growing his beard on December 25, 2016. Id.
was scheduled to report to the police academy on May 1, 2017,
to qualify with his service weapon so he could return to
work. Id. at ¶ 8. Sometime in April of 2017,
Plaintiff went to SPD to turn in his SPD-3 form that released
him to return to full effective duty and spoke to SPD's
Assistant Chief of Police David Kent ("Kent") about
obtaining a religious exemption to SPD's policy against
officers wearing beards. Id. at ¶s 8 & 11.
At that time, SPD General Order 302.01 (the "no-beard
policy"), along with SPD General Order 901.05,
prohibited officers from wearing beards. Id. at
¶ 9; Record Document 19-4, p. 18. Exemptions from this
policy were available for officers with certain medical
conditions and officers serving on certain assignments.
Id. at ¶s 9 & 10. Kent advised Plaintiff
that he needed to put his request for a religious exemption
to the no- beard policy in writing. Id. at ¶
11. Plaintiff submitted his request for an exemption in
writing on April 25, 2017. Id.
April 28, 2017, Sergeant Harlow, who worked in SPD's
Human Resources Bureau, told Plaintiff that he was being sent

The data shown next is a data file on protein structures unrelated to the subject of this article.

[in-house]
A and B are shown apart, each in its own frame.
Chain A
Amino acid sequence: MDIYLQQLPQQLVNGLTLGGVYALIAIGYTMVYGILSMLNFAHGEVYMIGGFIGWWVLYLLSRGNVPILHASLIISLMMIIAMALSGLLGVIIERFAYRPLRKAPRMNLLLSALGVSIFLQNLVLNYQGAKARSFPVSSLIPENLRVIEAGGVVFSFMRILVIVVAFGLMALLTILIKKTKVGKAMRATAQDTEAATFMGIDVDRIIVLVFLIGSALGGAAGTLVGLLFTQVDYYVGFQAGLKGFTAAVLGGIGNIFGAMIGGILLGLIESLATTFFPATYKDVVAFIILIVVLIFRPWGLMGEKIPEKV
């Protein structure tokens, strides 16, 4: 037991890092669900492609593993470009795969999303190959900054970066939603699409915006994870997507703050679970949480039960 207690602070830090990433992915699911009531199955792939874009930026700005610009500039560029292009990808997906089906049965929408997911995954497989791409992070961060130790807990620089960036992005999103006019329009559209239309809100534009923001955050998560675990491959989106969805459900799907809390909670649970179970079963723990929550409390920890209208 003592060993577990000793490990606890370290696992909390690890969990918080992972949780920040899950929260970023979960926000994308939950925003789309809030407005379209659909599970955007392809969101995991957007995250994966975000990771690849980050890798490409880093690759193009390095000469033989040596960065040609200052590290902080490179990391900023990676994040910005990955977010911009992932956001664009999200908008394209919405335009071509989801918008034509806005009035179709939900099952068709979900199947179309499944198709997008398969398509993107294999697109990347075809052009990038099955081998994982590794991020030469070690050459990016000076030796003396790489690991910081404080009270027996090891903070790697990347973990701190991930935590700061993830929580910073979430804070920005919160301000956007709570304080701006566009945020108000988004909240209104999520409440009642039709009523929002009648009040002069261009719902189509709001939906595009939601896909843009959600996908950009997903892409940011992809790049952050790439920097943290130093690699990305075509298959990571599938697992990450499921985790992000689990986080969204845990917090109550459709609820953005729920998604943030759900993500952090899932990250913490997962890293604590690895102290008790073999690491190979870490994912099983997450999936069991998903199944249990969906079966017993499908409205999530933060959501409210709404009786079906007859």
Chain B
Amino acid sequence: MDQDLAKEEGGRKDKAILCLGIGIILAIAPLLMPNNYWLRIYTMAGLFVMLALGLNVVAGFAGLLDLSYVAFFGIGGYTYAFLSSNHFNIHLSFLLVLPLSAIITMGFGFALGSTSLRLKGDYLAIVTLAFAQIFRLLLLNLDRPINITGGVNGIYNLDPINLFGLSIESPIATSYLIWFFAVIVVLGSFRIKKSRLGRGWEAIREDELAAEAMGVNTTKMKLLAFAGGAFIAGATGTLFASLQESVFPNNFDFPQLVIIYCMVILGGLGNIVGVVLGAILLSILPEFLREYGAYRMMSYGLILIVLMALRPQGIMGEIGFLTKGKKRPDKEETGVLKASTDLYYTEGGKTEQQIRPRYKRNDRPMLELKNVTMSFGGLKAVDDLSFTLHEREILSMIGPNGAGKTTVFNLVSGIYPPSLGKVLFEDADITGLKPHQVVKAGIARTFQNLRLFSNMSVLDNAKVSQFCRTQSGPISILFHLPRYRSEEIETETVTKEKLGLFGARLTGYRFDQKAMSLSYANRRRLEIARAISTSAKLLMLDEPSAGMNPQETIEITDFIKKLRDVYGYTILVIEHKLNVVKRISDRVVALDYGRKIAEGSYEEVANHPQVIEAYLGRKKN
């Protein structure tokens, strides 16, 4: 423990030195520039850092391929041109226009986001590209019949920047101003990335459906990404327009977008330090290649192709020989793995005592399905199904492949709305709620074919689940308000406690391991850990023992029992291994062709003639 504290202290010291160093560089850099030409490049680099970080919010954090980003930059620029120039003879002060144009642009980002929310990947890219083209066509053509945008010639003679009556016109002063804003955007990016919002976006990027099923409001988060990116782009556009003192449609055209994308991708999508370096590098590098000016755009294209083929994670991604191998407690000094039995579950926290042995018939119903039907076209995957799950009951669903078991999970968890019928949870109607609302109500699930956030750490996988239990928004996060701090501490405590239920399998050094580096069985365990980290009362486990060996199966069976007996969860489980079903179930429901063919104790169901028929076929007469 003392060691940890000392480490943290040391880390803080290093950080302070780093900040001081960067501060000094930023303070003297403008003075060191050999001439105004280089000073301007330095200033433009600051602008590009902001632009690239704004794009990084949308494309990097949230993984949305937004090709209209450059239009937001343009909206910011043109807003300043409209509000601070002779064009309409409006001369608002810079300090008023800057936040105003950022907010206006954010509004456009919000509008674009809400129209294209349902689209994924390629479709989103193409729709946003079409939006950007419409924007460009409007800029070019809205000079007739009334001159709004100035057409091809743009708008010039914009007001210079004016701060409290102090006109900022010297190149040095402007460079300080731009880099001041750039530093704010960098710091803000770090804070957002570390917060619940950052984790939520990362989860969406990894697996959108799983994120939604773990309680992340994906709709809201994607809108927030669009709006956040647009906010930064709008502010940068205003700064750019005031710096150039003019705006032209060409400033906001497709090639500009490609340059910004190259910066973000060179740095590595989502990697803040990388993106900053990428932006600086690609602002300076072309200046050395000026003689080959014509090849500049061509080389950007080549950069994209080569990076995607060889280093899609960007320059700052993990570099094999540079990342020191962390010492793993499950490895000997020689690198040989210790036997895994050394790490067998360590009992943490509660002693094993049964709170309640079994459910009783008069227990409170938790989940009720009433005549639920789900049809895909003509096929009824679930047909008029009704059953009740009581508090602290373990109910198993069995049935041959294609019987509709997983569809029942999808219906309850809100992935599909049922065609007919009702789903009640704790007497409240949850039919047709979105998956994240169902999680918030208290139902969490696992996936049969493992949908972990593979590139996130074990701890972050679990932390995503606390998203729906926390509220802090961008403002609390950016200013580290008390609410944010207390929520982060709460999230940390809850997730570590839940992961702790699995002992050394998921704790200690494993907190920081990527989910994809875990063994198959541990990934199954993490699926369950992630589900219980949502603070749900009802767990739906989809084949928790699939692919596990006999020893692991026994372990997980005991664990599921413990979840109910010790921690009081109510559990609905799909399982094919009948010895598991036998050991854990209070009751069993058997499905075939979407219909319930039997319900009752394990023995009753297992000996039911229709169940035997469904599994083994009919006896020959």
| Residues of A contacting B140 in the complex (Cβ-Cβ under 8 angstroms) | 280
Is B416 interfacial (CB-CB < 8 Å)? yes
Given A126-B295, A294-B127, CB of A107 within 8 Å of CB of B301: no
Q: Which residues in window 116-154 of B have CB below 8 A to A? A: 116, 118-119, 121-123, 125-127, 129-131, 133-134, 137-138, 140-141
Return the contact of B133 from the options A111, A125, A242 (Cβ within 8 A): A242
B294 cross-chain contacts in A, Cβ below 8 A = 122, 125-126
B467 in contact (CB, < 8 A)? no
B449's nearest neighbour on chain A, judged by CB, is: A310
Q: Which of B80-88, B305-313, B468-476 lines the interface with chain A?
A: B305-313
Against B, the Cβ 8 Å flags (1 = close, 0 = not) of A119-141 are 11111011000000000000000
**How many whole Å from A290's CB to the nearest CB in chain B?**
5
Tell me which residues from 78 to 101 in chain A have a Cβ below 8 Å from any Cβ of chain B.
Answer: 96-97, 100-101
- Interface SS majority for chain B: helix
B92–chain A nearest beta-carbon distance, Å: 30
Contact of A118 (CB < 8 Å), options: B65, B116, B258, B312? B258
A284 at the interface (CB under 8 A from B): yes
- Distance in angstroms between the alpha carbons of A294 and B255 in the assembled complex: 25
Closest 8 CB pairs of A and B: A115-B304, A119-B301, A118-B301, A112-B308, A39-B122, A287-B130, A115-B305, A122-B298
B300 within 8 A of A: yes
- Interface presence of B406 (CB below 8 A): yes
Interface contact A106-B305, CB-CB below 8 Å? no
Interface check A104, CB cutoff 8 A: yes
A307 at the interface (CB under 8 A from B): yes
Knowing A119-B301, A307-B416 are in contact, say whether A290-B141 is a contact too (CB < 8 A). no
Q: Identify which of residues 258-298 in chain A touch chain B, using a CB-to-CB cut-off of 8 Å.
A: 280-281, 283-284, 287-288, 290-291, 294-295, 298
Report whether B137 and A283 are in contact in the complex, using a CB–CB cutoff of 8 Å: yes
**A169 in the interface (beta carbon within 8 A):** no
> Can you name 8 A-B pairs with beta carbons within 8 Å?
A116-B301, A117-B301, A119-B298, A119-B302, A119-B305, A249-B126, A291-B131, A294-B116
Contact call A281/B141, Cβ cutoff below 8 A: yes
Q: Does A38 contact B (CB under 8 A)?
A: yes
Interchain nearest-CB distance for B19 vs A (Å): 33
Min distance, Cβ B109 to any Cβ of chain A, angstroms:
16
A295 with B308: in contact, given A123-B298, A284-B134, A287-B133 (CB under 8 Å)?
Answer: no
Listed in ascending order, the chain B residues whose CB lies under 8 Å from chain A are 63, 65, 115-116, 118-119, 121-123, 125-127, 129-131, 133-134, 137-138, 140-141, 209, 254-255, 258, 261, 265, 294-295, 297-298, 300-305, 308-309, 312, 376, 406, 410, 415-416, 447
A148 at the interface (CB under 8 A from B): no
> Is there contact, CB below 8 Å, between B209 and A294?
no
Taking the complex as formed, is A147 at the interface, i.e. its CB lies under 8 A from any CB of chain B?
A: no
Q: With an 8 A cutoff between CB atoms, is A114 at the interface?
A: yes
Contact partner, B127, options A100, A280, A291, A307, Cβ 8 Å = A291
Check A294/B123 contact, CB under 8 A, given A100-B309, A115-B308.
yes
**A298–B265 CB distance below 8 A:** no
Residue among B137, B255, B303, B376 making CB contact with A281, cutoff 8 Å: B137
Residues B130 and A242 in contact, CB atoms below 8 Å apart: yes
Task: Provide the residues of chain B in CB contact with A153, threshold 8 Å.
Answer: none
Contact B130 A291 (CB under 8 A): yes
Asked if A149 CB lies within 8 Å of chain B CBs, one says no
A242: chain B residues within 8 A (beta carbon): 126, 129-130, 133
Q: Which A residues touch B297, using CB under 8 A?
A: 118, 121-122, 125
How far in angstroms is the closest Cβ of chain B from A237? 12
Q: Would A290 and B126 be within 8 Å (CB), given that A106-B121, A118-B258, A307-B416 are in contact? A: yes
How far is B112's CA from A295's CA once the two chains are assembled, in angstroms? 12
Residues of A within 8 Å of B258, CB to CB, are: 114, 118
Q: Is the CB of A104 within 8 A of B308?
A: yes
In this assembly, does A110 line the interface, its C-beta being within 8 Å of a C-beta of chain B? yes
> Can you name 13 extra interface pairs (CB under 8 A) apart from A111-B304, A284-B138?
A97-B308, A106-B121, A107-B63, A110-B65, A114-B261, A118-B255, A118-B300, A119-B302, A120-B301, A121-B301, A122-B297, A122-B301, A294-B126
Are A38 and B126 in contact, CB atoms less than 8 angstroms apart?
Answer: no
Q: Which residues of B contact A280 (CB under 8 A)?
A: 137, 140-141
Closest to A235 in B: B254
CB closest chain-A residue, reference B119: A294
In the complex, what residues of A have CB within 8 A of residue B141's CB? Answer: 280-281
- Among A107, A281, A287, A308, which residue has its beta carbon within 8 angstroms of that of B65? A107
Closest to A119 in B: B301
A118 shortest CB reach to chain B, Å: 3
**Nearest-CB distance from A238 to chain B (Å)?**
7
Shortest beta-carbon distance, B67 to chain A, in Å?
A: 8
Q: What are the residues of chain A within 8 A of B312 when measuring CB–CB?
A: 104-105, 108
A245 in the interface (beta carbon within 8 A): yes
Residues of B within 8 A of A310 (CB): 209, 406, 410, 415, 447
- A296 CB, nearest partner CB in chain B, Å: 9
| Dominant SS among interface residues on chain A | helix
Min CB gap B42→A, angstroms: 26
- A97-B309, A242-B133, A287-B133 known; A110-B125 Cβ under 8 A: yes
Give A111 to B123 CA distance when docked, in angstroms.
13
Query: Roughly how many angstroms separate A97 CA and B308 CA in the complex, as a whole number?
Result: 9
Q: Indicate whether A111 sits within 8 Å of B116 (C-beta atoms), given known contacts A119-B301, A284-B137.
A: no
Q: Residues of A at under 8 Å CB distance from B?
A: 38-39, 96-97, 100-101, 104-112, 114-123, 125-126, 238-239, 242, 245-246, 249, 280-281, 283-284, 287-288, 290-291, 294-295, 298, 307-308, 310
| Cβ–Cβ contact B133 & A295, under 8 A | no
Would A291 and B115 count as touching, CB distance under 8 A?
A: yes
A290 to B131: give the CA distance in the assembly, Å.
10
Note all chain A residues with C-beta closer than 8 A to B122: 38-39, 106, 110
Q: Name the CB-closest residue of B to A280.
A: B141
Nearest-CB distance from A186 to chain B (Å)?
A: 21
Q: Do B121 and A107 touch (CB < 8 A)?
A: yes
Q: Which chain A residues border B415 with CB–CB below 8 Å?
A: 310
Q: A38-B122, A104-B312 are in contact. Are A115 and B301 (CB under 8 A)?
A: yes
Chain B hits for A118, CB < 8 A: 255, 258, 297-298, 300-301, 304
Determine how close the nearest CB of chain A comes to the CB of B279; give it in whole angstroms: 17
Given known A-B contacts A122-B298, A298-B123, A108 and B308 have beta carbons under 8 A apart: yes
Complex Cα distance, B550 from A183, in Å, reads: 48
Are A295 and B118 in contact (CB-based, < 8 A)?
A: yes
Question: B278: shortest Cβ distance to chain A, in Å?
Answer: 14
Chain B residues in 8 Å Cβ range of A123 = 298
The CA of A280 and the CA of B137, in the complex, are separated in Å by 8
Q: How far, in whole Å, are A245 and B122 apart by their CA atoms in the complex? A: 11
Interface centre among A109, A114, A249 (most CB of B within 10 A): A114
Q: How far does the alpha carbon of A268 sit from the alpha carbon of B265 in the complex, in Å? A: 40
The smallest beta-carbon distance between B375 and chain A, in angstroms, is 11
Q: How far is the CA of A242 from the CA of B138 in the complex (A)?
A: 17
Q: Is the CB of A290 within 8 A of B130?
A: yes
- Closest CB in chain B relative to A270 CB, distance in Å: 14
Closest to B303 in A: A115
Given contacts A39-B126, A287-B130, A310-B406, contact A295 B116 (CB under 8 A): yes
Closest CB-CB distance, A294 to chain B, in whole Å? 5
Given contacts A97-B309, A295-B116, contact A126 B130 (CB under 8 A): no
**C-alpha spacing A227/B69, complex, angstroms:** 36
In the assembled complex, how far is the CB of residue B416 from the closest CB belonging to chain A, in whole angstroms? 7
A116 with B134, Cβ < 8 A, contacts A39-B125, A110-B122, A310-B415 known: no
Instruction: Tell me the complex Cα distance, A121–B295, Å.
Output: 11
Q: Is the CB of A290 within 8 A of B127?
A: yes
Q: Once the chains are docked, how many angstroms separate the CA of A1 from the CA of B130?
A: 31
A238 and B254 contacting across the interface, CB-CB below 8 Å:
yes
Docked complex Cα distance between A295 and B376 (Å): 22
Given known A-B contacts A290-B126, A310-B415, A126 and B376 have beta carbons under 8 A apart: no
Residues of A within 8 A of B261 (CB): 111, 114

for a fitness for duty examination and would not be returning
to work on the previously scheduled date. Id. at
¶ 12. Plaintiff believes that Harlow was instructed to
request this fitness for duty examination by Kent, Deputy
Chief of Police Bill Goodin ("Goodin"), or Captain
Timothy Beckius ("Beckius") in retaliation for
Plaintiffs request for a religious exemption. Id.
Plaintiff asked Kent why he was being sent for a fitness for
duty exam and about the status of his religious exemption
from the no-beard policy. Id. at ¶ 13. Kent
responded that Plaintiff needed to undergo the exam because
of his extended sick leave and back pains and that his
requested exemption had not been approved. Id. On
May 1, 2017, Plaintiff emailed Kent and requested additional
information about why he needed to undergo a fitness for duty
exam. Id. at ¶ 14. Plaintiff told Kent that he
was not experiencing any back pain and that being off work
would cost him approximately $800 a week. Id.
Kent's only response was an email stating that SPD needed
more information regarding Plaintiffs religious exemption
from the no-beard policy. Id. at¶ 14.
4, 2017, Plaintiff submitted a memo to Kent that detailed his